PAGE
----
Proofreading Miers’s Questionnaire Answers: Questions 15 and 16 (Or: A Clear Case of Misprepresentation)
I am finally getting a chance to browse through Harriet Miers’s questionnaire answers. Here’s what jumped out at me from her answers to Questions 15 (“Legal Career”) and 16 (“Litigation”). You may have seen these in other places; then again, you may not have. In any event, these are all things I noticed on my own.
He contended that, although the two forged the checks in question were separately cashed at different banks in San Antonio, the interstate transportation of the checks did not occur until the San Antonio Branch of the Federal Reserve Bank forwarded them in the same envelope across state lines to the Detroit Branch of the Federal Reserve Bank.
. . . .
The United States acknowledged the circuit split (and, in fact, noting that the Seventh Circuit had joined the Fifth and Eighth Circuits, see United States v. Dilts, 501 F.2d 531 (7th Cir. 1974)), but argued, among other things, that “[i]t is not certain that, in view of the decisions in three other circuits to the contrary, the Ninth Circuit now would adhere to its ruling in Gilinsky.” Id. at 3 n.2.
Among other issues that were raised in the course of discovery were activities and conduct that allegedly constituted Pioneer Nuclear’s involvement in the purported unlawful antitrust conspiracy; activities and conduct of domestic codefendants and trade organizations; activities and conduct of foreign defendants in alleged international cartel; as well as an analysis of free market factors explaining an increase in the price of uranium and the definition of the relevant market.
. . . .
I engaged in settlement negotiations on behalf of Pioneer and settled on the basis that all claims against Pioneer Nuclear were dismissed without it paying any money or providing any other consideration to Westinghouse.
The trial court awarded SunGard $46,247 in damages and interest on its breach of contact counter-claim, and awarded it $1,550,000 in attorney’s fees.
The Fifth Circuit affirmed the district court’s decision on most claims, except that the district court reversed the directed verdict on the plaintiffs’ claims for violations of the TDCA.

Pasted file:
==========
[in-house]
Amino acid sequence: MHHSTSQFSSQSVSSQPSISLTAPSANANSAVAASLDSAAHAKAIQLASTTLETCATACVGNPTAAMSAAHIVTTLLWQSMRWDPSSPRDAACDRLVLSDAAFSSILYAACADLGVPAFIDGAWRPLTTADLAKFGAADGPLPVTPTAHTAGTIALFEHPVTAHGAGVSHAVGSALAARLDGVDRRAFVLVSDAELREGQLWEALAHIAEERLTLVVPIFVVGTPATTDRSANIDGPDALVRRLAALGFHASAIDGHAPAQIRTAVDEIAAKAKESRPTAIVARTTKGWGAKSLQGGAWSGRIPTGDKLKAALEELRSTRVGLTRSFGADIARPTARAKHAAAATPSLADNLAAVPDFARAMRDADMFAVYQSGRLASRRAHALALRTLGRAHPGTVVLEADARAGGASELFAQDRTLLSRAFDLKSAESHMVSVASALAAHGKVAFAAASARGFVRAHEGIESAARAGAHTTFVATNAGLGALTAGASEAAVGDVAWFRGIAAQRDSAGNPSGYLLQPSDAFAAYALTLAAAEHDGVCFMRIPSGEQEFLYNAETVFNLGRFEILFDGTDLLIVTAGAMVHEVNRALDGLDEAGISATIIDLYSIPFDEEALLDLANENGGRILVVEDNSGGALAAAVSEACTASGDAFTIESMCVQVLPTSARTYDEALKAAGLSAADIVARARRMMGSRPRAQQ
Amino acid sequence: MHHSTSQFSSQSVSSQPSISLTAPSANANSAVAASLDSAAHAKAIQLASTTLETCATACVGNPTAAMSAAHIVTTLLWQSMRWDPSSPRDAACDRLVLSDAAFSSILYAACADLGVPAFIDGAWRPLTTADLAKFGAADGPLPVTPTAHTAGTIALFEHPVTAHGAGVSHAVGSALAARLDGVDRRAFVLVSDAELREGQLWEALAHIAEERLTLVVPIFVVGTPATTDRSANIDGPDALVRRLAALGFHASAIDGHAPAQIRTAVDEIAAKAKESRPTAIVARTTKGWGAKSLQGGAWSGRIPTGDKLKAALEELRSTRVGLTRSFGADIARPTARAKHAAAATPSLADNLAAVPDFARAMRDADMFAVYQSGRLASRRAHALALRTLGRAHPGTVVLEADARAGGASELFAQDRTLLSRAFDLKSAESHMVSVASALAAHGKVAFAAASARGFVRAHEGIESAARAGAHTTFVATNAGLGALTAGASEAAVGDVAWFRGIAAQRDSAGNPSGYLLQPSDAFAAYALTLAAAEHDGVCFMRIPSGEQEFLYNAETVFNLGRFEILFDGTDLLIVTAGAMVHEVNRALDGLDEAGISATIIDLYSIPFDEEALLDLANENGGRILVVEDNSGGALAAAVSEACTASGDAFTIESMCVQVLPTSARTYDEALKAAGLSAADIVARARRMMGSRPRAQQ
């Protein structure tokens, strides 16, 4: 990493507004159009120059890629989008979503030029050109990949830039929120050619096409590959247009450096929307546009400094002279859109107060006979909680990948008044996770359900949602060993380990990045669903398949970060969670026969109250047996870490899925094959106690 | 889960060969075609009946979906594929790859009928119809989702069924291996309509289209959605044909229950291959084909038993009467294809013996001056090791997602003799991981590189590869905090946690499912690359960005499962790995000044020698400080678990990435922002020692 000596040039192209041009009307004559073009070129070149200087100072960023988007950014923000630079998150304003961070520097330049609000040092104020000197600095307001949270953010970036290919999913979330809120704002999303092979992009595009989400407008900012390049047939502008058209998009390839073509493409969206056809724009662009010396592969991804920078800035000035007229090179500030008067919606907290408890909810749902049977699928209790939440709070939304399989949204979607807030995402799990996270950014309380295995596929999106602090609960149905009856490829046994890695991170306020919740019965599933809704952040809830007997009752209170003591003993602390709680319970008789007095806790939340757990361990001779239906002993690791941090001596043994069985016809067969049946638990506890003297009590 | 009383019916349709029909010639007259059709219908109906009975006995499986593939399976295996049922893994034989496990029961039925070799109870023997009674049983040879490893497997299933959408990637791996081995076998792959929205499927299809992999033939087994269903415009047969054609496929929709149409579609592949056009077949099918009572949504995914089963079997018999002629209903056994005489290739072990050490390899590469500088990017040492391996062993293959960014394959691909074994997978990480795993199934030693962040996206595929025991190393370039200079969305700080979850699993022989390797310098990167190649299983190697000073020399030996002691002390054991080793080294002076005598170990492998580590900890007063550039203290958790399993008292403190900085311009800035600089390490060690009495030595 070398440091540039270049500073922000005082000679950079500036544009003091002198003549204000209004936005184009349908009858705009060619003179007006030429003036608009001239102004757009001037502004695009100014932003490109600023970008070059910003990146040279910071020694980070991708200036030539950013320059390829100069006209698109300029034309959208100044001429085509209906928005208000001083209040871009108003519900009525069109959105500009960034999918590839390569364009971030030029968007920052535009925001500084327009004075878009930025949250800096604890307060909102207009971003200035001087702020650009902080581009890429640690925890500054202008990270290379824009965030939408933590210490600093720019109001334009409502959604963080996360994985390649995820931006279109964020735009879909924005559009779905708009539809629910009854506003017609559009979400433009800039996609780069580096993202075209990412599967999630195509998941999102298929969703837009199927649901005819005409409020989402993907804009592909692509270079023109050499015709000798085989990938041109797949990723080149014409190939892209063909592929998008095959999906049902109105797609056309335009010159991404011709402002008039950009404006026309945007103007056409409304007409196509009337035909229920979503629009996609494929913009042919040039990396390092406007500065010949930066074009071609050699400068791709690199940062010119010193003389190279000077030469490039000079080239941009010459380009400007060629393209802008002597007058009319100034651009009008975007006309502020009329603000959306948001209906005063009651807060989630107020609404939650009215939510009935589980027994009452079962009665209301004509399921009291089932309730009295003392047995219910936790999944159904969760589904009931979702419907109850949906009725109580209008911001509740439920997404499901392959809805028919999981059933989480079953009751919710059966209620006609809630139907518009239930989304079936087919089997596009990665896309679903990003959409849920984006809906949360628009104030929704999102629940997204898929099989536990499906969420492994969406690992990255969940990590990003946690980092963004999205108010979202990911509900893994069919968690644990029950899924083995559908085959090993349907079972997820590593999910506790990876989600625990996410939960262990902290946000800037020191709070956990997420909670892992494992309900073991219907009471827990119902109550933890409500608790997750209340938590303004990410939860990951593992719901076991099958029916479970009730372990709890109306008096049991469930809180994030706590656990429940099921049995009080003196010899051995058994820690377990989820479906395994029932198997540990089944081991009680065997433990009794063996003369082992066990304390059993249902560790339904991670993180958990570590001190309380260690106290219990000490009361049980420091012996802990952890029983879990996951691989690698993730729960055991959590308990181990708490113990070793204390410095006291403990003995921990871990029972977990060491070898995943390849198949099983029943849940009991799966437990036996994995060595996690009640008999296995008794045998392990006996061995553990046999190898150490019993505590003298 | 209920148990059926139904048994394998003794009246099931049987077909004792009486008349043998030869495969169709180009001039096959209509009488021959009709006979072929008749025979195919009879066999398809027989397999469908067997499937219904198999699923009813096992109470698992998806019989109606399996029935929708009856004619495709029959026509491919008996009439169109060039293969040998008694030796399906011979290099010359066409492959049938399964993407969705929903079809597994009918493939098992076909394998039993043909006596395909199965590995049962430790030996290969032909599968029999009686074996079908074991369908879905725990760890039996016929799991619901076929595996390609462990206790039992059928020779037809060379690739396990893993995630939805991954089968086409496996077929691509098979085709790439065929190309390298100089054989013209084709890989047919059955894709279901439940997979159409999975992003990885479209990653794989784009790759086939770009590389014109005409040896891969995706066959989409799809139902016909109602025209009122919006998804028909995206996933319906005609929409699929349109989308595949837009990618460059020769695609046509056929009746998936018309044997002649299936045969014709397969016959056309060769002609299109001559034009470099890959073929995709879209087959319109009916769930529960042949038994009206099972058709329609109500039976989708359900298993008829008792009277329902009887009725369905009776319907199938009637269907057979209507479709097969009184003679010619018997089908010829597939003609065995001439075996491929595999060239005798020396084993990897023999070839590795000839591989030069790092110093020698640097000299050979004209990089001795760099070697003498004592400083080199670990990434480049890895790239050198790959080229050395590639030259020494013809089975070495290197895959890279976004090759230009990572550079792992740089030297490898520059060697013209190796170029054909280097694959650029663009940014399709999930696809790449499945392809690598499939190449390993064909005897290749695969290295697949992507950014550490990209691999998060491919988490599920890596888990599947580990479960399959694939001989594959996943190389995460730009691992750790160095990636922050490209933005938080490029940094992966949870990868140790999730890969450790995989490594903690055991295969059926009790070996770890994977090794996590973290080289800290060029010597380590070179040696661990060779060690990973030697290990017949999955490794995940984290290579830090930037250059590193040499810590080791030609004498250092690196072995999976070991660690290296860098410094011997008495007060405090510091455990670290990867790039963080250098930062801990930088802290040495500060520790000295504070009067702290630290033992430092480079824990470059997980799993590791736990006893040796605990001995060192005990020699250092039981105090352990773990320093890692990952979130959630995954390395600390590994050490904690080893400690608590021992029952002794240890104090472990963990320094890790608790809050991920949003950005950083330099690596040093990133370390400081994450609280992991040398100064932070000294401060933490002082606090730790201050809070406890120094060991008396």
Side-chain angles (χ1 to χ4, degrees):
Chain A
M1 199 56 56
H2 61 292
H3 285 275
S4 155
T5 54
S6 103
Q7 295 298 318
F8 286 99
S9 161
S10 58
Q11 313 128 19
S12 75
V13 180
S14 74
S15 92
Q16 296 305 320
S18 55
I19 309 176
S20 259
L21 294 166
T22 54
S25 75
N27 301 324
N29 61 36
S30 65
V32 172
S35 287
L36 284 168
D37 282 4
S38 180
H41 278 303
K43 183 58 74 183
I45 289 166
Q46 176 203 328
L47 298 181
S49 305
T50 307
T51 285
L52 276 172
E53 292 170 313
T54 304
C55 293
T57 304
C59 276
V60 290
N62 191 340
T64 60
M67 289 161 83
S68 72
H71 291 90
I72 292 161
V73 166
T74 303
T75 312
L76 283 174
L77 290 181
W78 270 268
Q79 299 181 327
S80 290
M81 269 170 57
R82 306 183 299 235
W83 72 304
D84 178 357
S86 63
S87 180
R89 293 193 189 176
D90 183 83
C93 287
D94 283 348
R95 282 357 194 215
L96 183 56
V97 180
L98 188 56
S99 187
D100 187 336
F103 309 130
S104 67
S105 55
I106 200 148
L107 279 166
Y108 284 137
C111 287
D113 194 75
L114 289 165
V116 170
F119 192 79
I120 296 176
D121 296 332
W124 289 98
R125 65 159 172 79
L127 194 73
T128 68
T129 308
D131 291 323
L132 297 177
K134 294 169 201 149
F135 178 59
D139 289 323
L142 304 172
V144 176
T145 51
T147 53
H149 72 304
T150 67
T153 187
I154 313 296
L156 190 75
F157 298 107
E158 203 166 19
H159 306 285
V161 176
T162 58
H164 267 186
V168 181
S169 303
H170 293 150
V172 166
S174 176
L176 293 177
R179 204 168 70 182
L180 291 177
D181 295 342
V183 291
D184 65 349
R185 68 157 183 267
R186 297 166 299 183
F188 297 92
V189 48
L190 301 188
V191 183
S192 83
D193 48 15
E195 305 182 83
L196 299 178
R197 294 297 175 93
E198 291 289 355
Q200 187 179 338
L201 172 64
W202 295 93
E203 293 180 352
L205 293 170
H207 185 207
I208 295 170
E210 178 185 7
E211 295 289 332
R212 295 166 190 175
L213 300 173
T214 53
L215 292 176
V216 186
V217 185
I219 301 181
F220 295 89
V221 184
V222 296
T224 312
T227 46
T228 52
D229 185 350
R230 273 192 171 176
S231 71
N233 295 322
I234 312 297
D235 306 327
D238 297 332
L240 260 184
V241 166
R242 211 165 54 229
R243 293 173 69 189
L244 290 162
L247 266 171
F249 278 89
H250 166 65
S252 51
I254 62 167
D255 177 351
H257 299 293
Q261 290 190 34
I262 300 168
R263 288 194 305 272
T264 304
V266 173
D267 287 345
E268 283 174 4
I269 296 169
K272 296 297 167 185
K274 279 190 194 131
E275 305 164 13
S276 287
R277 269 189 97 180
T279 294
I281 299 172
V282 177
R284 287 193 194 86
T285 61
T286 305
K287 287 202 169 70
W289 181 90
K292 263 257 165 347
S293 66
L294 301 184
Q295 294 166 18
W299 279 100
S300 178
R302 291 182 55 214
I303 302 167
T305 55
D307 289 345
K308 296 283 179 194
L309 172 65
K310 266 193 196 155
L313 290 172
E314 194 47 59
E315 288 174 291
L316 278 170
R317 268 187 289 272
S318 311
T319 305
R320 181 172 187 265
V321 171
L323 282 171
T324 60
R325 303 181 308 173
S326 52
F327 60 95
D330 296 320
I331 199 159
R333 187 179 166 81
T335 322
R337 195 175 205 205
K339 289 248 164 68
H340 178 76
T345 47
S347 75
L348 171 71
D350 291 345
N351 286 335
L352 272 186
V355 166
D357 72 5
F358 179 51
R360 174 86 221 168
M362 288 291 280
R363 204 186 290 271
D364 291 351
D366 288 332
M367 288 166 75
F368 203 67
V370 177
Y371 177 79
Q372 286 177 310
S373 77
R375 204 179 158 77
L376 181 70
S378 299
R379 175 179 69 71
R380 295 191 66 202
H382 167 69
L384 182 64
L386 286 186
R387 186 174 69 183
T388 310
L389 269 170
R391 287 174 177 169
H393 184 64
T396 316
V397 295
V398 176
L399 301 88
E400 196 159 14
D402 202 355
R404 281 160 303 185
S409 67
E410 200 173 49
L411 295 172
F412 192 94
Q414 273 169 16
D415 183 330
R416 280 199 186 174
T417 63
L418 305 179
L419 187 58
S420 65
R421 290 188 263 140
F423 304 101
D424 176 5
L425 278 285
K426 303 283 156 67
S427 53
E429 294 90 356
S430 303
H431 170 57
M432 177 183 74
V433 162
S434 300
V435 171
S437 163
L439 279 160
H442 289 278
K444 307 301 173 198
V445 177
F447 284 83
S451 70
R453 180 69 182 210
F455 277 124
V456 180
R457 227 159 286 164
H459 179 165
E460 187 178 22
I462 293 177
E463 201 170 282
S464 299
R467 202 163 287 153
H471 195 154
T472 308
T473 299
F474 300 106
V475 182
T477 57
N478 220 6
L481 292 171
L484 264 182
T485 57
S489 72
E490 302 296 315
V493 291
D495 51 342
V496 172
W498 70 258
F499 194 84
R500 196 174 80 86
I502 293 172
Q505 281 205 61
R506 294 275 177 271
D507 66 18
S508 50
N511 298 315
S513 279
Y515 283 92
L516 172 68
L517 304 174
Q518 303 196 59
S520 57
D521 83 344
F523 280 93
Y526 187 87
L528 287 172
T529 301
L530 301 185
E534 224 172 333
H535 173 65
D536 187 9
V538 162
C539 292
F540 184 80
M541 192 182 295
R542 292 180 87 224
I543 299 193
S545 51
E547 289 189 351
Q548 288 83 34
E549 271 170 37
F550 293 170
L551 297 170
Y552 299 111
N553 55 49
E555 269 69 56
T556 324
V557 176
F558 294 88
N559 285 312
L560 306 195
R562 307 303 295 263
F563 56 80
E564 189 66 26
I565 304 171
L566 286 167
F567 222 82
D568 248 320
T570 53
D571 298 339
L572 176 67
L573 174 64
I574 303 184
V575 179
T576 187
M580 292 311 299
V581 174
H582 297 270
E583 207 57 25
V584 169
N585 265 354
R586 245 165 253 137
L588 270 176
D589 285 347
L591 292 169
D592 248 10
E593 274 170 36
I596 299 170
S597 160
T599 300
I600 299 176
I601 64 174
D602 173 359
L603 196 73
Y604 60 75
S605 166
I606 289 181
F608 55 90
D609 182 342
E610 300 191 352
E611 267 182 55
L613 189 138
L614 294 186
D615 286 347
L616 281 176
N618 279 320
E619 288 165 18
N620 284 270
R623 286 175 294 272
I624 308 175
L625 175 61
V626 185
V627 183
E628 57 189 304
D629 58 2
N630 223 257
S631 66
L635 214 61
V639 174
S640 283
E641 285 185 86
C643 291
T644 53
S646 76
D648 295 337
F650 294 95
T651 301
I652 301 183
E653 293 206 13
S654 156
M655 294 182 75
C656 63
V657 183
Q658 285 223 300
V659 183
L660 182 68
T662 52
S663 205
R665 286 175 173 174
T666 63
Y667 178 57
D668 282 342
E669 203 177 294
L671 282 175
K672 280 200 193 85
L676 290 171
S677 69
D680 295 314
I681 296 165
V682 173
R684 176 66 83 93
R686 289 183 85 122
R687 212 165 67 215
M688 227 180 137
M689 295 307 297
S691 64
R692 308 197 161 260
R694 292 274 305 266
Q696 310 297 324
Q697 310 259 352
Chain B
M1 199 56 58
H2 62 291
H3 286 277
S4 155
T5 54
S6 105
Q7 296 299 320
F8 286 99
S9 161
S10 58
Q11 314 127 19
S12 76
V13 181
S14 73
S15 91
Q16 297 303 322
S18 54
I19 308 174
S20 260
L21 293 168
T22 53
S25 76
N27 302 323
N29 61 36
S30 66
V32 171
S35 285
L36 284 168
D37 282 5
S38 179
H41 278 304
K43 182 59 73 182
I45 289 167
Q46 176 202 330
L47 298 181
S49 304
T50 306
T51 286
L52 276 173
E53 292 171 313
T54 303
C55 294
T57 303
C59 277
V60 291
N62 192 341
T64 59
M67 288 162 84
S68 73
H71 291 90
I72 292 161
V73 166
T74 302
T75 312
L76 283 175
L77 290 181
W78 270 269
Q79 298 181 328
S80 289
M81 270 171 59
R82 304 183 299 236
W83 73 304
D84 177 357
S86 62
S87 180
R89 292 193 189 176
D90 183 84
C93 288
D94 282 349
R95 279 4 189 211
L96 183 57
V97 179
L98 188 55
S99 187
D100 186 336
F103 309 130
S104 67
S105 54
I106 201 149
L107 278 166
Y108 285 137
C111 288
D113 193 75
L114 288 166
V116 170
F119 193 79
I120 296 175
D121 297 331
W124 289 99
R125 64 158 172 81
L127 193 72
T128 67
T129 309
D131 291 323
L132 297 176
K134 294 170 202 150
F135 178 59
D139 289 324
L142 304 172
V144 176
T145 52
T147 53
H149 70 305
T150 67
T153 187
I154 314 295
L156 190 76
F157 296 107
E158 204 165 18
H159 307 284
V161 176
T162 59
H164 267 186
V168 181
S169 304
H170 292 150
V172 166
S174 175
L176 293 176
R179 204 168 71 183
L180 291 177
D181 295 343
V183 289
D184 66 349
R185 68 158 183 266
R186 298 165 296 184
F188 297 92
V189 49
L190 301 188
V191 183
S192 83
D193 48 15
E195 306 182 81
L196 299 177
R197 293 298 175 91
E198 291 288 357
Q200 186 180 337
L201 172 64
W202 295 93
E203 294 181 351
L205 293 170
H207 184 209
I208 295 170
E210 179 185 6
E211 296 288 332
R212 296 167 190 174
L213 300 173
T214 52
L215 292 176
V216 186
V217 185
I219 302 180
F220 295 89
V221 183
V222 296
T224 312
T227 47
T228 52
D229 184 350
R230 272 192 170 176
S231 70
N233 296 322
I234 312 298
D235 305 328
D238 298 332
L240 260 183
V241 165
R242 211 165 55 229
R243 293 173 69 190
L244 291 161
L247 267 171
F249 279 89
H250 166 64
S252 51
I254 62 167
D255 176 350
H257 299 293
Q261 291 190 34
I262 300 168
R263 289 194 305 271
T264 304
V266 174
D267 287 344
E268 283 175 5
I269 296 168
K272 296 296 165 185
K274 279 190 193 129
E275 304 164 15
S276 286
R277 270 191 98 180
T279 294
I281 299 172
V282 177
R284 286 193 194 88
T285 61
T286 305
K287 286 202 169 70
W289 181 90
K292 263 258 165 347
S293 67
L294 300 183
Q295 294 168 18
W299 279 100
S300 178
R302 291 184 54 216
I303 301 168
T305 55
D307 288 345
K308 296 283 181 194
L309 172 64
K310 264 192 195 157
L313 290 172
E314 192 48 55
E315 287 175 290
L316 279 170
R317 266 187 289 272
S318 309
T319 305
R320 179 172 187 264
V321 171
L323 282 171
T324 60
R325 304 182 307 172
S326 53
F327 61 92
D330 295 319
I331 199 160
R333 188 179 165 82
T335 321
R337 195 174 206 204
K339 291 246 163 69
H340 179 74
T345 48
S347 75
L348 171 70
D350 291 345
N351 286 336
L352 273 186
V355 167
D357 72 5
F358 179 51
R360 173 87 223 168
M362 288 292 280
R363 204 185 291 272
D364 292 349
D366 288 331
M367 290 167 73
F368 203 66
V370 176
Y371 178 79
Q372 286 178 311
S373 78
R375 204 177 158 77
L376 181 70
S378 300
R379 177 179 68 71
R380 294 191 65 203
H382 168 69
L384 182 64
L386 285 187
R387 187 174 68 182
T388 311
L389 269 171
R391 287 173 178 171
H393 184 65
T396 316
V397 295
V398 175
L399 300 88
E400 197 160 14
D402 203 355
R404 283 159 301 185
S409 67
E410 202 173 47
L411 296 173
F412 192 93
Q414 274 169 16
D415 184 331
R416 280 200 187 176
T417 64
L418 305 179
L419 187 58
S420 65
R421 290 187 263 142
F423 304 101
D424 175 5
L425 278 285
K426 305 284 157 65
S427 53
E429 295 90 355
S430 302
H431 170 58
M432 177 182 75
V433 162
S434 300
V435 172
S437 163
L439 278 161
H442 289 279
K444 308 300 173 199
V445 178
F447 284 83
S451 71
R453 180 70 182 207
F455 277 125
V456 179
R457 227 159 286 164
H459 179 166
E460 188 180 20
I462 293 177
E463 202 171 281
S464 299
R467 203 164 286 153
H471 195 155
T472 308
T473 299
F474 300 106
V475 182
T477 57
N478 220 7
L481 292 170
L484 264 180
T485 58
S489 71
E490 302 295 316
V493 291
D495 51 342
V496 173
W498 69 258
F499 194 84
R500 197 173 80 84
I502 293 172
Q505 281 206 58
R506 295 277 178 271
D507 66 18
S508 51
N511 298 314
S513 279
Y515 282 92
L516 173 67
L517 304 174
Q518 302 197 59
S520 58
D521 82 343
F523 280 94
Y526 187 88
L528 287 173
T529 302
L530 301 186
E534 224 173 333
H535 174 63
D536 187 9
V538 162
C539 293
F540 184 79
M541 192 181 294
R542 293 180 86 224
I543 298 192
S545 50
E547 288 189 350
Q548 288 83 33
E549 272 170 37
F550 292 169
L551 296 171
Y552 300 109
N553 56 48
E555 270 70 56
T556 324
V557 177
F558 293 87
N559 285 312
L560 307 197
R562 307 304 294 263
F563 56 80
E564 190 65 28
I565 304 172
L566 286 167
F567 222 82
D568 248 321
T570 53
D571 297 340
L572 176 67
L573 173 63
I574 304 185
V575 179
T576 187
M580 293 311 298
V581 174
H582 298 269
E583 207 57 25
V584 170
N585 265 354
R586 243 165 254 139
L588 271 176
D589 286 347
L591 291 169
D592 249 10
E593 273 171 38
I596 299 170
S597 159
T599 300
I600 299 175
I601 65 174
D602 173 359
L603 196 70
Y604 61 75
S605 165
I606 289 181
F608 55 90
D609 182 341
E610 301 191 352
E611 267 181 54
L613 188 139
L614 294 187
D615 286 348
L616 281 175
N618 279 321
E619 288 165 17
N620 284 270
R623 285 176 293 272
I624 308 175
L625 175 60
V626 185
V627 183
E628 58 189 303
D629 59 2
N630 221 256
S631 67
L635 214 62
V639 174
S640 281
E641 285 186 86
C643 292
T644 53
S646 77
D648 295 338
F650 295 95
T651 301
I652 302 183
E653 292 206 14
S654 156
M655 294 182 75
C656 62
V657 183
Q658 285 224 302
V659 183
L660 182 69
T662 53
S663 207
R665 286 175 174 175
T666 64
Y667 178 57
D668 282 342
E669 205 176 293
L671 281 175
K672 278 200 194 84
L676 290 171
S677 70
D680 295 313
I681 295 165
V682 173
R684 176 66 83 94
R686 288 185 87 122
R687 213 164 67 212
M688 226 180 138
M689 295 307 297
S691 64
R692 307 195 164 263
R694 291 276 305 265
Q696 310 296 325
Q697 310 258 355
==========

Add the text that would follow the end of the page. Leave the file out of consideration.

Separately, private plaintiffs sought to bring a class action against Lomas and recover punitive damages, alleging a myriad of claims, involving RICO, fraud, misprepresentation, negligence, intentional wrongdoing, breach of fiduciary duty, and breach of an implied covenant of good faith and fair dealing. Lomas
There are plenty more errors, but I’m trying not to get too picky. For example, she needs to decide whether it’s “attorneys’ fees” or “attorney’s fees” — but I didn’t mention that, did I?
Maybe I should apply to be Harriet Miers’s clerk! Ya think she’ll have me?
P.S. I gotta say, though — my main impression after reading about all the cases she has litigated is: thank God I’m not a civil lawyer any more! The issues in these cases are bo-ring!
P.P.S. The rule is: in any post about proofreading or grammar, there must be at least one typo. Your job is to be the first to find it!
But always remember and never forget my certain reply: this blog post is not my application to be an Associate Justice of the U.S. Supreme Court.
P.P.P.S. The President has breached his contact with the American people.
P.P.P.P.S. I am filing this post under “Humor” in response to See Dubya’s comment below, since he apparently doesn’t get jokes or lighthearted posts unless you tell him they’re jokes or lighthearted posts. (And he’s the same guy who once criticized me for giving a joke away by filing it under “Humor”! Jeez, sometimes you just can’t please these people . . .)
P.P.P.P.P.S. Don’t make me do another P.S.!
P.P.P.P.P.P.S. The “breach of contact” comment was a reference to one of Miers’s mistakes above. Maybe I should have put quotation marks around the word “contact” for the humor-impaired . . .
P.P.P.P.P.P.P.S. Ms. Miers: a spellchecker can be your best friend. My browser and blog software lack one; what’s your excuse?
P.P.P.P.P.P.P.P.S. Remember: we have all heard about Harriet Miers’s legendary attention to detail, and devotion to perfection in matters of spelling, grammar, and punctuation. If this post has a serious point, it’s that those stories seem highly dubious once you actually read some of her writing.